Scottish Castles Photo Library
- Caldwell Tower, East Renfrewshire

Records for the Caldwell estate near Uplawmoor in East Renfrewshire go back to 1294. Gilchrist More (or Mure) acquired the lands and castle of Caldwell through marriage to the heiress of Caldwell of that Ilk and the estate remained with the family until the late 17th century.

Caldwell Tower is all that remains of Caldwell Castle, which was probably built in the 16th century.

When King David II was taken prisoner at the battle of Neville's Cross in 1346, Sir William Mure of Caldwell was appointed as one of the twelve nobles who negotiated the terms for his release. A later William Mure was involved in the Pentland Rising by the Covenanters, which ended in defeat at the Battle of Rullion Green in 1666. He escaped and his estates were forfeited and given to William Dalziel of the Binns near Edinburgh - Sir Tam Dalziel had led the King's victorious army at Rullion Green.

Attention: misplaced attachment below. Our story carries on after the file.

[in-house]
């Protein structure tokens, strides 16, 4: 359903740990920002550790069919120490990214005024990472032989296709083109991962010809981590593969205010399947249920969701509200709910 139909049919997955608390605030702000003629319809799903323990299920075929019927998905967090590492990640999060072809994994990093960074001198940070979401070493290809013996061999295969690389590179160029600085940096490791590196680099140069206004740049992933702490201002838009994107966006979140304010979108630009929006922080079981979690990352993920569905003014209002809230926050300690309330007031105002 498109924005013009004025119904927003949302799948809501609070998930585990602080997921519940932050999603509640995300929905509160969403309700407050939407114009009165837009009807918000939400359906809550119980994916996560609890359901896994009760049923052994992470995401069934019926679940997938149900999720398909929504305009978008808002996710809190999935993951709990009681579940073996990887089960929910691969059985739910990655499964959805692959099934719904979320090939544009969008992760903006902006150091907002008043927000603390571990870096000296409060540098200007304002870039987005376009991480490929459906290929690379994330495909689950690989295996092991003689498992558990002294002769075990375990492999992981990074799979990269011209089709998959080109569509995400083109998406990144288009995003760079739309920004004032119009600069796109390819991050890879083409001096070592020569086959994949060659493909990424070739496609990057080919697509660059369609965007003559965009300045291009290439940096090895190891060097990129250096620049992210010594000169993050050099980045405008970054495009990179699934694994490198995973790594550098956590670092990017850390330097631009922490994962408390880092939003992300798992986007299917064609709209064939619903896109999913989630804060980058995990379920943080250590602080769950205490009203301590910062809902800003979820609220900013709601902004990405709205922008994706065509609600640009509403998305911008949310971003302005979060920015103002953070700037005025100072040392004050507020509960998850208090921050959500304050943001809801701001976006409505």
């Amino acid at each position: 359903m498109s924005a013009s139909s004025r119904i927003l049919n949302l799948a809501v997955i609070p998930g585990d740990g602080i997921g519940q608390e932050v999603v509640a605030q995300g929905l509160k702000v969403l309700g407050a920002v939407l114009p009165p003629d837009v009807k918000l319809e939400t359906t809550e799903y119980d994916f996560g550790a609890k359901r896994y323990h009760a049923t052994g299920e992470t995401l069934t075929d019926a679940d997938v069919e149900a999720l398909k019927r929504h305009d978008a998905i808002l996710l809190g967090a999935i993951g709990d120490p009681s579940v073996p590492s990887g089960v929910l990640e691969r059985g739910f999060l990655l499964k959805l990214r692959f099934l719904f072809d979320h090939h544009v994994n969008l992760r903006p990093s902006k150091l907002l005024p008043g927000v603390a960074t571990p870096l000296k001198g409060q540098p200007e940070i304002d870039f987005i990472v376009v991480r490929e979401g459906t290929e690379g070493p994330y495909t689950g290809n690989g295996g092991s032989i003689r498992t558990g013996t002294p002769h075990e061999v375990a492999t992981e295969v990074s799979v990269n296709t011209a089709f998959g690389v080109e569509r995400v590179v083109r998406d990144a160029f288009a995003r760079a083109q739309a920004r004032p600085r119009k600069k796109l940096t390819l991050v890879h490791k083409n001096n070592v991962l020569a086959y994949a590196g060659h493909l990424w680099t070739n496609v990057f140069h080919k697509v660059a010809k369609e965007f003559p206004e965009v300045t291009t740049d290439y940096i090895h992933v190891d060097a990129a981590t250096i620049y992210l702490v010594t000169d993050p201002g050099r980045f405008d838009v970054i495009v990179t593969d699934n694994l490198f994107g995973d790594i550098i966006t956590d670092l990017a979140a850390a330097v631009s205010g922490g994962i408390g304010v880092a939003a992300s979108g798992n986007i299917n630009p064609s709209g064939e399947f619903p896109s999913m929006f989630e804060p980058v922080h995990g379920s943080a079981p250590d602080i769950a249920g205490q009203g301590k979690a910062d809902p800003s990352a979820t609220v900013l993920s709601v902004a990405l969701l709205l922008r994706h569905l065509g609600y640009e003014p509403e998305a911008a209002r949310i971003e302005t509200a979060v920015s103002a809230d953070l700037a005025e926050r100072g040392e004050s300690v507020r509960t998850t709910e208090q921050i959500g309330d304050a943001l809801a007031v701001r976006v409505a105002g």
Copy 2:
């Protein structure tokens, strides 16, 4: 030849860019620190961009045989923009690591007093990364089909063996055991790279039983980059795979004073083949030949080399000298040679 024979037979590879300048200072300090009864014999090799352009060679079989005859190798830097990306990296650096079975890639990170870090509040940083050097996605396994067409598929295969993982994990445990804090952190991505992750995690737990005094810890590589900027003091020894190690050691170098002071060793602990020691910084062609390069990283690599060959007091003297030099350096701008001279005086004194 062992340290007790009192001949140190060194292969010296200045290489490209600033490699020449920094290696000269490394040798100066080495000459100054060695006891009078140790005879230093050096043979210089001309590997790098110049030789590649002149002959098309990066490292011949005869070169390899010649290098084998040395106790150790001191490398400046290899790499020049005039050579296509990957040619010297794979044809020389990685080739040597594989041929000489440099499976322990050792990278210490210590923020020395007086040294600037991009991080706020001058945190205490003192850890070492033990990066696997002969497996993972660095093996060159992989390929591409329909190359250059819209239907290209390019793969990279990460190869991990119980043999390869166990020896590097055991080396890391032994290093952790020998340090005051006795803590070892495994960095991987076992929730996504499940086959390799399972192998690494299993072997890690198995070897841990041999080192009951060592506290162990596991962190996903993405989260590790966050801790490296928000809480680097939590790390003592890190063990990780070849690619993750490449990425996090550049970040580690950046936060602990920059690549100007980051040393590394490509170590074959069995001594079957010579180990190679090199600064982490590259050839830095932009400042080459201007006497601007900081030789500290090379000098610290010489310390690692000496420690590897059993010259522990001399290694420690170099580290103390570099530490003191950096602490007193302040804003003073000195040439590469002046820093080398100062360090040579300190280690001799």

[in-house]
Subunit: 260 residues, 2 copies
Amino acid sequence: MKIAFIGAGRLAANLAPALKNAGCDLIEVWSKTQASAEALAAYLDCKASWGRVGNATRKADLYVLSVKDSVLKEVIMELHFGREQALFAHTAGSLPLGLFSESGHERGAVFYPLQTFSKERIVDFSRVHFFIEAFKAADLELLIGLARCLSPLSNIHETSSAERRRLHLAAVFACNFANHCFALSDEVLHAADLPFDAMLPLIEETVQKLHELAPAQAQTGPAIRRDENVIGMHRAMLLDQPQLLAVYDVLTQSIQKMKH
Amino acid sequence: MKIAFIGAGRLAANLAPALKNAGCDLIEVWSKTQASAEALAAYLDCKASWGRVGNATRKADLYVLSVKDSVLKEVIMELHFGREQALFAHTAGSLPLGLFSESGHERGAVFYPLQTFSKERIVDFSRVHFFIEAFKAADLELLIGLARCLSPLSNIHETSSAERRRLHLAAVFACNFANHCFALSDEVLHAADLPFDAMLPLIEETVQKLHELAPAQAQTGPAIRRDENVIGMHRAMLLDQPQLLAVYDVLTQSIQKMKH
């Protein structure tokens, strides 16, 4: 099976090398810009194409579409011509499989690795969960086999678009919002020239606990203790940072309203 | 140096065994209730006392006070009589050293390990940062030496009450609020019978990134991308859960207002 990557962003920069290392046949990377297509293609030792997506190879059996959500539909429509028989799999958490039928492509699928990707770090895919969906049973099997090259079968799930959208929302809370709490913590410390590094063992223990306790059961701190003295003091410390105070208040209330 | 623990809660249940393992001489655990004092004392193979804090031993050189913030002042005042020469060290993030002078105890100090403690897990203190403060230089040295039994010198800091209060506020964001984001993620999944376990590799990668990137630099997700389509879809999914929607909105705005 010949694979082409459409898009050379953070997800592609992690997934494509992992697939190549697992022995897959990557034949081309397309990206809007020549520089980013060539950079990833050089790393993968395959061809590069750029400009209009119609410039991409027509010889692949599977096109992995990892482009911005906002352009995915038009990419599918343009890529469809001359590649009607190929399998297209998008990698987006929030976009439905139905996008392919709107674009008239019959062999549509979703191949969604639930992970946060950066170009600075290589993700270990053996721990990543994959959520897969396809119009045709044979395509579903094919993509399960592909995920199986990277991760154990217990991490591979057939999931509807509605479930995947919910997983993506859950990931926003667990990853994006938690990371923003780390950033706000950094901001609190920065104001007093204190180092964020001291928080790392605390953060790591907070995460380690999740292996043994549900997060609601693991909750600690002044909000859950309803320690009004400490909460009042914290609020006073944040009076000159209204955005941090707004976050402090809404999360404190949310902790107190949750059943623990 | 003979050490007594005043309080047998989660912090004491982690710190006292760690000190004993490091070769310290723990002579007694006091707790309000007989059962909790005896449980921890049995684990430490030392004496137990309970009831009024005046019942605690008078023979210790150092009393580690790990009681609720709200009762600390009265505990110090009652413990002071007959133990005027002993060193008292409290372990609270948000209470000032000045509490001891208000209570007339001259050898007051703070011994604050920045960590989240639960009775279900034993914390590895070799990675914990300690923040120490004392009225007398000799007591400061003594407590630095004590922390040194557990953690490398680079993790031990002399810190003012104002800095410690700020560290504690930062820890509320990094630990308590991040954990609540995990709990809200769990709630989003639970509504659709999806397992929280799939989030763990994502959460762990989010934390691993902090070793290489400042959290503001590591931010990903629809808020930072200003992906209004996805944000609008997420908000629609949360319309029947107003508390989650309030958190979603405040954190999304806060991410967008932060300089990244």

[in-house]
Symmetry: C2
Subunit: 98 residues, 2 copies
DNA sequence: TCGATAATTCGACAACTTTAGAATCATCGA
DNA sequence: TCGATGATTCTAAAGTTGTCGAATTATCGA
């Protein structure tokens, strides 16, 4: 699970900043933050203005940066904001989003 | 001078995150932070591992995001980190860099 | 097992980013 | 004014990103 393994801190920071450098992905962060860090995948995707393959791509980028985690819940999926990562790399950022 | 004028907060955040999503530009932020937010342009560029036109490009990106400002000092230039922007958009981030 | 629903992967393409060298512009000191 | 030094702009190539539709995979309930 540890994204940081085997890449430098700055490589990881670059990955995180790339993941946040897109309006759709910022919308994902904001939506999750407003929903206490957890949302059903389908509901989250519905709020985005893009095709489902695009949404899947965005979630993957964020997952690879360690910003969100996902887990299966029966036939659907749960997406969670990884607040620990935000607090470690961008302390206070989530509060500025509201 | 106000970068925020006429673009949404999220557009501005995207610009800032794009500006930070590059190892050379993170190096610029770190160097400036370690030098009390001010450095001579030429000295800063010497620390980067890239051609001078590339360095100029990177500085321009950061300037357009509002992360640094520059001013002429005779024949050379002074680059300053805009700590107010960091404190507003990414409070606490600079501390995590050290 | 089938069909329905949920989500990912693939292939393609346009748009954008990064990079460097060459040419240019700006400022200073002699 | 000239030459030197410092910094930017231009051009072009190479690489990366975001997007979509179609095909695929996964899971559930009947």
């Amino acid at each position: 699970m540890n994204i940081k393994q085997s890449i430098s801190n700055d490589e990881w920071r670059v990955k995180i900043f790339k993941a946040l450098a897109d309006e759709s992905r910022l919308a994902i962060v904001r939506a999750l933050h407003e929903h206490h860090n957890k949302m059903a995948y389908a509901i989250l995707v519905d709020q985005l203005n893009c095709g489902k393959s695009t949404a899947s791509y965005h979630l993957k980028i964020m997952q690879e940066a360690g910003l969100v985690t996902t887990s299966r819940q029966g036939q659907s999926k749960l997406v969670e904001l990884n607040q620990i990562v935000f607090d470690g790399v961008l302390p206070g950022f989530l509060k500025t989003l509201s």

A new mansion house was built around 1712 by William Mure. However, the present Robert Adam designed Caldwell House was built by his son, William 'Baron Mure' about 200 yards lower down from the original. (Picture via Wikimedia.)

The castle fell into disrepair and only the tower (partially restored) survived. Despite its probable 16th century origin, it is referred to locally as a "folly".

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